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Gracefully Shutting Down Pods in a Kubernetes Cluster

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Yoriyasu Yano

JAN 25, 2019 | 5 min read
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This is part 2 of our journey to implementing a zero downtime update of our Kubernetes cluster. In part 1 of the series, we laid out the problem and the challenges of naively draining our nodes in the cluster. In this post, we will cover how to tackle one of those problems: gracefully shutting down the Pods.

By default, kubectl drain will evict pods in a way to honor the pod lifecycle. What this means in practice is that it will respect the following flow:
  • drain will issue a request to delete the pods on the target node to the control plane. This will subsequently notify the kubelet on the target node to start shutting down the pods.
  • The kubelet on the node will invoke the preStop hook in the pod.
  • Once the preStop hook completes, the kubelet on the node will issue the TERM signal to the running application in the containers of the pod.
  • The kubelet on the node will wait for up to the grace period (specified on the pod, or passed in from the command line; defaults to 30 seconds) for the containers to shut down, before forcibly killing the process (with SIGKILL). Note that this grace period includes the time to execute the preStop hook.
Based on this flow, you can leverage preStop hooks and signal handling in your application pods to gracefully shutdown your application so that it can "clean up" before it is ultimately terminated. For example, if you have a worker process streaming tasks from a queue, you can have your application trap the TERM signal to indicate that the application should stop accepting new work, and stop running after all current work has finished. Or, if you are running an application which can't be modified to trap the TERM signal (a third party app for example), then you can use the preStop hook to implement the custom API that the service provides for graceful shut down of the application.In our example, Nginx does not gracefully handle the TERM signal by default, causing existing requests being serviced to fail. Therefore, we will instead rely on a preStop hook to gracefully stop Nginx. We will modify our resource to add a lifecycle clause to the container spec. The lifecycle clause looks like this:
lifecycle: preStop: exec: command: [ # Gracefully shutdown nginx "/usr/sbin/nginx", "-s", "quit" ]
With this config, the shutdown sequence will issue the command /usr/sbin/nginx -s quit before sending SIGTERM to the Nginx process in the container. Note that since the command will gracefully stop the Nginx process and the pod, the TERM signal essentially becomes a noop.This should be nested under the Nginx container spec. When we include this, the full config for the Deployment looks as follows:
--- apiVersion: apps/v1 kind: Deployment metadata: name: nginx-deployment labels: app: nginx spec: replicas: 2 selector: matchLabels: app: nginx template: metadata: labels: app: nginx spec: containers: - name: nginx image: nginx:1.15 ports: - containerPort: 80 lifecycle: preStop: exec: command: [ # Gracefully shutdown nginx "/usr/sbin/nginx", "-s", "quit" ]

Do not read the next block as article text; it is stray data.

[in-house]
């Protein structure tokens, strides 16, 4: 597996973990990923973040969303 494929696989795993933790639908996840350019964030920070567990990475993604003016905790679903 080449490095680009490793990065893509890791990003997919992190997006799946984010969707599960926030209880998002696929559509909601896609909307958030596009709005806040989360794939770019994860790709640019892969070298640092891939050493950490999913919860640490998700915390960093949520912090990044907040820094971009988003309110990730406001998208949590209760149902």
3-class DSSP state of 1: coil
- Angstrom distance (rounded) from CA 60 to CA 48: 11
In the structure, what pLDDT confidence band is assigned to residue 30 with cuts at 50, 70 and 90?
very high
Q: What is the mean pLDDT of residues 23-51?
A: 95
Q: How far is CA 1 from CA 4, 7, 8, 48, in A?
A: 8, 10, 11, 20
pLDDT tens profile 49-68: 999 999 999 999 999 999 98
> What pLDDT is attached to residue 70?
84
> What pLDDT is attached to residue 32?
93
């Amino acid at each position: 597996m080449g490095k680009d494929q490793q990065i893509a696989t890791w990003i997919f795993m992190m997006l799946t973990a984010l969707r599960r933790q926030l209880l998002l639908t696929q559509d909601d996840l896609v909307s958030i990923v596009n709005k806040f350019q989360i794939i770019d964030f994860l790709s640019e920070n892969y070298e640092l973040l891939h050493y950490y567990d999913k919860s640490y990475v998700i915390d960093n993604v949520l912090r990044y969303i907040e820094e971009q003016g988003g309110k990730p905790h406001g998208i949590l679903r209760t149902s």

The graceful shutdown of the Pod ensures Nginx is stopped in a way to service the existing traffic before shutting down. However, you may observe that despite best intentions, the Nginx container continues to receive traffic after shutting down, causing downtime in your service.To see how this can be problematic, let’s walk through an example with our sample deployment. For the sake of this example, we will assume that the node had received traffic from a client. This will spawn a worker thread in the application to service the request. We will indicate this thread with the circle on the pod container.
Suppose that at this point, a cluster operator decides to perform maintenance on Node 1. As part of this, the operator runs the command kubectl drain node-1 , causing the kubelet process on the node to execute the preStop hook, starting a graceful shutdown of the Nginx process:
Because nginx is still servicing the original request, it does not immediately terminate. However, when nginx starts a graceful shutdown, it errors and rejects additional traffic that comes to it.At this point, suppose a new server request comes into our service. Since the pod is still registered with the service, the pod can still receive the traffic. If it does, this will return an error because the nginx server is shutting down:
To complete the sequence, eventually nginx will finish processing the original request, which will terminate the pod and the node will finish draining:
In this example, when the application pod receives the traffic after the shutdown sequence is initiate, the first client will receive a response from the server. However, the second client receives an error, which will be perceived downtime.So why does this happen? And how do you mitigate potential downtime for clients that end up connecting to the server during a shutdown sequence? In the next part of our series, we will cover the pod eviction lifecylce in more details and describe how you can introduce a delay in the preStop hook to mitigate the effects of continuous traffic from the Service .To get a fully implemented version of zero downtime Kubernetes cluster updates on AWS and more, check out Gruntwork.io.
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